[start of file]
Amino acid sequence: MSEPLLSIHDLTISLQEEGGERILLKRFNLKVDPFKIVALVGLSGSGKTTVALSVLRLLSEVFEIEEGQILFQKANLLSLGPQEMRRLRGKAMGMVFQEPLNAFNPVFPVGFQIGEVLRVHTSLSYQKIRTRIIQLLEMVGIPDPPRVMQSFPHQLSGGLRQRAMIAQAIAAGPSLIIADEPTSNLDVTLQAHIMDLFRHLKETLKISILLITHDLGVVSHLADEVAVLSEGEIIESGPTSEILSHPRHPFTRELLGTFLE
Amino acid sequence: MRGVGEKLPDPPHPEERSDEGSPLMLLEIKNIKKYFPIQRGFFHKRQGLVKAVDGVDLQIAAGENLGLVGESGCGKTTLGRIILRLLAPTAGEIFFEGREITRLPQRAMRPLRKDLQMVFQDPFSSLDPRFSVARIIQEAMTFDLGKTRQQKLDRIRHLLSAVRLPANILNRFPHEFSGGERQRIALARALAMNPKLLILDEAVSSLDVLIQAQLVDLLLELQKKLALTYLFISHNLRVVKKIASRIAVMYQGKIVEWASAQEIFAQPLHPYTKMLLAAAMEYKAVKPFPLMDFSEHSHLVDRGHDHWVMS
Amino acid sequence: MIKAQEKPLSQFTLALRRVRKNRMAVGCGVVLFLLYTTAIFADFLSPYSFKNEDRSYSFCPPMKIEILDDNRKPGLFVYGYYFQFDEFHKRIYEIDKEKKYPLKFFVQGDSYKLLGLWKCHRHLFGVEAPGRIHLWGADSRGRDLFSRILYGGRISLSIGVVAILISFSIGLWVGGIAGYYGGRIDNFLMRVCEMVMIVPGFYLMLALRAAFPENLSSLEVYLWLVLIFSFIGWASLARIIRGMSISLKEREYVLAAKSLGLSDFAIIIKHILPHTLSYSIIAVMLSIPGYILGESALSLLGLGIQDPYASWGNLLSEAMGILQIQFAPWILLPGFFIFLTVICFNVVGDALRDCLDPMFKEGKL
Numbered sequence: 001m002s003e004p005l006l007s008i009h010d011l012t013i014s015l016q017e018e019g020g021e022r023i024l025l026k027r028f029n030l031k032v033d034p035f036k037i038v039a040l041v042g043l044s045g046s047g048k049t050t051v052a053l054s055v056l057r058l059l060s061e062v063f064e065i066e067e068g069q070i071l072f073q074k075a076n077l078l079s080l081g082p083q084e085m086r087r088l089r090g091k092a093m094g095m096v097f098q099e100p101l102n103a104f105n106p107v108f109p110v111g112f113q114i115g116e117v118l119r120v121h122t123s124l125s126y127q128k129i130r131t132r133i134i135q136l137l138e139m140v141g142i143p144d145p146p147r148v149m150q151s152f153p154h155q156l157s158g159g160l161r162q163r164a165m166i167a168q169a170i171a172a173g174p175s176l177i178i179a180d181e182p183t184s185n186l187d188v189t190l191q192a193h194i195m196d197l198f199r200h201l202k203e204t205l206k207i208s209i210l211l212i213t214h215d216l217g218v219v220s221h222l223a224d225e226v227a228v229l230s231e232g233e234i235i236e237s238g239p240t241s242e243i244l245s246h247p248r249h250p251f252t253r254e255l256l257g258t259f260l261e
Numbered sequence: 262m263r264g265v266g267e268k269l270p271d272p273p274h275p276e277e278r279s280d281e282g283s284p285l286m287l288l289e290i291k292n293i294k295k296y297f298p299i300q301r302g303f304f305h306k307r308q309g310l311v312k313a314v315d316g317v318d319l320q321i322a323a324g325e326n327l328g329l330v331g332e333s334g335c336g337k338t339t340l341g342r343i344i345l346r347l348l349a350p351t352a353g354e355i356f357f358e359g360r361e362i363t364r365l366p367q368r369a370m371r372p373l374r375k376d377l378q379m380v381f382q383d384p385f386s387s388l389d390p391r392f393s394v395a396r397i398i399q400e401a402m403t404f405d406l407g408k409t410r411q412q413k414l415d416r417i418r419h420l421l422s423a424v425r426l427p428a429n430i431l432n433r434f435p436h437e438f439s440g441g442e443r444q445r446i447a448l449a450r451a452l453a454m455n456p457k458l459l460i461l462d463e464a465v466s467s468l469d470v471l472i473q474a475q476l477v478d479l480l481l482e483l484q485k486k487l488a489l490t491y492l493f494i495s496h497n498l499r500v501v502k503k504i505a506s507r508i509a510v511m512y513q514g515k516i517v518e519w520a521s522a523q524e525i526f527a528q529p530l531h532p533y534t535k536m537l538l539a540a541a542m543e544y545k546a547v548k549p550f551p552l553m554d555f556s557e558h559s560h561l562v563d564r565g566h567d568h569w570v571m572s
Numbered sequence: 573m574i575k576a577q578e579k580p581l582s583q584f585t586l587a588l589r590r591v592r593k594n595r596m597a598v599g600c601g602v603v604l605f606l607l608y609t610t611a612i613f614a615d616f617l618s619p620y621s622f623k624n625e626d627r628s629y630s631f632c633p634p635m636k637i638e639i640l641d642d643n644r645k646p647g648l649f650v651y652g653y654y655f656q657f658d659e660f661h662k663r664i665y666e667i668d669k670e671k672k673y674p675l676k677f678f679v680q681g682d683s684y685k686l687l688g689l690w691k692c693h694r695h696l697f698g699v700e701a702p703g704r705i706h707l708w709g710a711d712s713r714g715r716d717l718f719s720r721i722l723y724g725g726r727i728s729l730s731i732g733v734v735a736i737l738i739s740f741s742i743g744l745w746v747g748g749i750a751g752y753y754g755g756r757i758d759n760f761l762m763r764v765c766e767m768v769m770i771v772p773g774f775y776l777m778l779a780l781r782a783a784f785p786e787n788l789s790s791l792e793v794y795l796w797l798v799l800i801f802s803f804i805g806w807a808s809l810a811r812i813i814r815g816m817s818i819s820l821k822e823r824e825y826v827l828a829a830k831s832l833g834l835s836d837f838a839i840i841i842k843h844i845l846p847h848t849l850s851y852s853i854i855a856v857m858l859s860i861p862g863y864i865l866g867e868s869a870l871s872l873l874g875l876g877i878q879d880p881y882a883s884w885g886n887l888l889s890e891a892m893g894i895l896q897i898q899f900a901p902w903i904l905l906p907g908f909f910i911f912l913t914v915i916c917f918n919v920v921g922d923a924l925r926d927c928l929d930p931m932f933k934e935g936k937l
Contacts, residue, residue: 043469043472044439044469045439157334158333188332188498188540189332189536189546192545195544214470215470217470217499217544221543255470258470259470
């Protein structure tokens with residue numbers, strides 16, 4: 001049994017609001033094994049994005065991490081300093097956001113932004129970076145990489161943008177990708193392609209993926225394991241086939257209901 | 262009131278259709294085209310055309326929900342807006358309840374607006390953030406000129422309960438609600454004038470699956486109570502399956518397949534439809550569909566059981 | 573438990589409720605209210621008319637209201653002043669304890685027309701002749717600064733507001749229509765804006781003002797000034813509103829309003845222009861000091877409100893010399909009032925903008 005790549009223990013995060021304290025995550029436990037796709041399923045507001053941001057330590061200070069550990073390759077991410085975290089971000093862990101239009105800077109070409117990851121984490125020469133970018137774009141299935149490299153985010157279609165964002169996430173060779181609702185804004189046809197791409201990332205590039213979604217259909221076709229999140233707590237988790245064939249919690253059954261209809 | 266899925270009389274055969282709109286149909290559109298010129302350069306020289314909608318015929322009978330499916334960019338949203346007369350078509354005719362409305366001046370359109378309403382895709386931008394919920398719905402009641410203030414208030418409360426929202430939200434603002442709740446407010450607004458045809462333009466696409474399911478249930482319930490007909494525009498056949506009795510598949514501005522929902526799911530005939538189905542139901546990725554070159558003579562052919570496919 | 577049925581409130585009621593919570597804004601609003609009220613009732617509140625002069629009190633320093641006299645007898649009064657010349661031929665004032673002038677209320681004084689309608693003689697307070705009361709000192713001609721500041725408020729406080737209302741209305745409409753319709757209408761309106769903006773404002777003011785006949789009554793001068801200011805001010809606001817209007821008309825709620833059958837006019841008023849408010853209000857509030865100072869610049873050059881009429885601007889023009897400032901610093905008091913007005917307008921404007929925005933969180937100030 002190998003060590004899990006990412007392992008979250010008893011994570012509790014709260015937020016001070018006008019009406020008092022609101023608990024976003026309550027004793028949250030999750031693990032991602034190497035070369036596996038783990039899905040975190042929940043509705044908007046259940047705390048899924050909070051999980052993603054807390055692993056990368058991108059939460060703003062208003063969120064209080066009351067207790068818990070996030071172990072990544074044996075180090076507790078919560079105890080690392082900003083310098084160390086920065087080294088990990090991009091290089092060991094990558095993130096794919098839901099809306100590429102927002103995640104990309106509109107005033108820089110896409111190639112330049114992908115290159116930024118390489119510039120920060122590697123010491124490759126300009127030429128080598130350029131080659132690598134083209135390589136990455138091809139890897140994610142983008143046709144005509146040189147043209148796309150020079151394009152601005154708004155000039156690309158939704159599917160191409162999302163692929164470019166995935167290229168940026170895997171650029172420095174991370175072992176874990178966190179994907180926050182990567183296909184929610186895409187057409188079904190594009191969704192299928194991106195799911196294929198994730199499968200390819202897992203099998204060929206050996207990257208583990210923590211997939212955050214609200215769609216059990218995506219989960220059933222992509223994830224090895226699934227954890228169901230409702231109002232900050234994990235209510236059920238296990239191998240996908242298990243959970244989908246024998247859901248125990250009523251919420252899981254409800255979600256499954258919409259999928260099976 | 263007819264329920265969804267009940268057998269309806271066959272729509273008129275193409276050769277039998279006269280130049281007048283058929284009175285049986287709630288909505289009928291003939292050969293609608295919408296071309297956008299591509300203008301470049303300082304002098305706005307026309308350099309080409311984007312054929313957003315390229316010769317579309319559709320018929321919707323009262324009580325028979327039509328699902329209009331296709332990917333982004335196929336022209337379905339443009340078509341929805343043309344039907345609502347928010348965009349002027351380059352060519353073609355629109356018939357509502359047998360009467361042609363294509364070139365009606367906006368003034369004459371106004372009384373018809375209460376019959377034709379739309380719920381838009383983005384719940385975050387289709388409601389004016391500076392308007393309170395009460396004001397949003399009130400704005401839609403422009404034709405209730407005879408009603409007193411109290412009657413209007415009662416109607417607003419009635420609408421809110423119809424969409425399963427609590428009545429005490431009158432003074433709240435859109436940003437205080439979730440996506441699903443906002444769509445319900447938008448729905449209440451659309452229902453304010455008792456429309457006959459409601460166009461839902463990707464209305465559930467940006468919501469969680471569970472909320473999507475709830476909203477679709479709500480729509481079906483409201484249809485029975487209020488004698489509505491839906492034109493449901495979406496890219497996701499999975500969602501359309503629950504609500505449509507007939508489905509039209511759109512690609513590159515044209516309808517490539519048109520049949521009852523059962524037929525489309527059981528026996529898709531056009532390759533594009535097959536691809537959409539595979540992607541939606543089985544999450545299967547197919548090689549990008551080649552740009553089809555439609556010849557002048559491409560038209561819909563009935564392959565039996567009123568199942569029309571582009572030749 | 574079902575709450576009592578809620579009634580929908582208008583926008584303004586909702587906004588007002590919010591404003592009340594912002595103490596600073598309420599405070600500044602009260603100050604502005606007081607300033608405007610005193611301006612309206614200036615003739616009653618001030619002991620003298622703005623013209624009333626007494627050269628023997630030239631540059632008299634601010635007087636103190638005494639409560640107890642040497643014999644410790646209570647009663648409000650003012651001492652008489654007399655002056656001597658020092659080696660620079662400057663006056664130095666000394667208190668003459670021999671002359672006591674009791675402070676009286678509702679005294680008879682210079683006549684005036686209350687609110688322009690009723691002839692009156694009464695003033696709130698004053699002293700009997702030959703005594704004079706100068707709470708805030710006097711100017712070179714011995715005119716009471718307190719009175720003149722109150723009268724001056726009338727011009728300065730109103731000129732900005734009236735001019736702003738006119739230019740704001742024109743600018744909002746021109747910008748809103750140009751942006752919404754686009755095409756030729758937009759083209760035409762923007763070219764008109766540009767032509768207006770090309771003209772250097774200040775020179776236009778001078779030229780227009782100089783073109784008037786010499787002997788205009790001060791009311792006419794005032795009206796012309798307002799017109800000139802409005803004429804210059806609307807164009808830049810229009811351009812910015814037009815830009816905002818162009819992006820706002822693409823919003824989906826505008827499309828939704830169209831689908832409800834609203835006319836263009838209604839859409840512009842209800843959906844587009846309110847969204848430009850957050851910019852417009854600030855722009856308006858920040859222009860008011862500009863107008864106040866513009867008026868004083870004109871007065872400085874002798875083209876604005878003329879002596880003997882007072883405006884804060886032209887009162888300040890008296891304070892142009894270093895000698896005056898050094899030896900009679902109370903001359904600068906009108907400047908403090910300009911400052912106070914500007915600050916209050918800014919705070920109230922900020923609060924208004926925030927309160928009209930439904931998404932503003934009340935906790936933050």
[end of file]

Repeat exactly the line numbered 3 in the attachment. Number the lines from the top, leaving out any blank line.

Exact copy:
Amino acid sequence: MIKAQEKPLSQFTLALRRVRKNRMAVGCGVVLFLLYTTAIFADFLSPYSFKNEDRSYSFCPPMKIEILDDNRKPGLFVYGYYFQFDEFHKRIYEIDKEKKYPLKFFVQGDSYKLLGLWKCHRHLFGVEAPGRIHLWGADSRGRDLFSRILYGGRISLSIGVVAILISFSIGLWVGGIAGYYGGRIDNFLMRVCEMVMIVPGFYLMLALRAAFPENLSSLEVYLWLVLIFSFIGWASLARIIRGMSISLKEREYVLAAKSLGLSDFAIIIKHILPHTLSYSIIAVMLSIPGYILGESALSLLGLGIQDPYASWGNLLSEAMGILQIQFAPWILLPGFFIFLTVICFNVVGDALRDCLDPMFKEGKL